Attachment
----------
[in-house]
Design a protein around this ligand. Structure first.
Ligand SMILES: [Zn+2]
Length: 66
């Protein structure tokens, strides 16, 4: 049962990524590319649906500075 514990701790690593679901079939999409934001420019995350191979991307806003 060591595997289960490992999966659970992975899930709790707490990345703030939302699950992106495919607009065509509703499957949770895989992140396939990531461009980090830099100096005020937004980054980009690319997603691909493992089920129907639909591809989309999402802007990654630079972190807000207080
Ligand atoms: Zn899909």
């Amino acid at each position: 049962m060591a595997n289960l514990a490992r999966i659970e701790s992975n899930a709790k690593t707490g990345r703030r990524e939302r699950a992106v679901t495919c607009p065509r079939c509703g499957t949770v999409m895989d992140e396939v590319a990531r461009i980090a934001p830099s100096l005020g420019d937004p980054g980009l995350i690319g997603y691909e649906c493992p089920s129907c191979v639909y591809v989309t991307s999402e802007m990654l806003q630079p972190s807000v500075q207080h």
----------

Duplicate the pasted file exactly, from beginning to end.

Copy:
[in-house]
Design a protein around this ligand. Structure first.
Ligand SMILES: [Zn+2]
Length: 66
């Protein structure tokens, strides 16, 4: 049962990524590319649906500075 514990701790690593679901079939999409934001420019995350191979991307806003 060591595997289960490992999966659970992975899930709790707490990345703030939302699950992106495919607009065509509703499957949770895989992140396939990531461009980090830099100096005020937004980054980009690319997603691909493992089920129907639909591809989309999402802007990654630079972190807000207080
Ligand atoms: Zn899909």
């Amino acid at each position: 049962m060591a595997n289960l514990a490992r999966i659970e701790s992975n899930a709790k690593t707490g990345r703030r990524e939302r699950a992106v679901t495919c607009p065509r079939c509703g499957t949770v999409m895989d992140e396939v590319a990531r461009i980090a934001p830099s100096l005020g420019d937004p980054g980009l995350i690319g997603y691909e649906c493992p089920s129907c191979v639909y591809v989309t991307s999402e802007m990654l806003q630079p972190s807000v500075q207080h």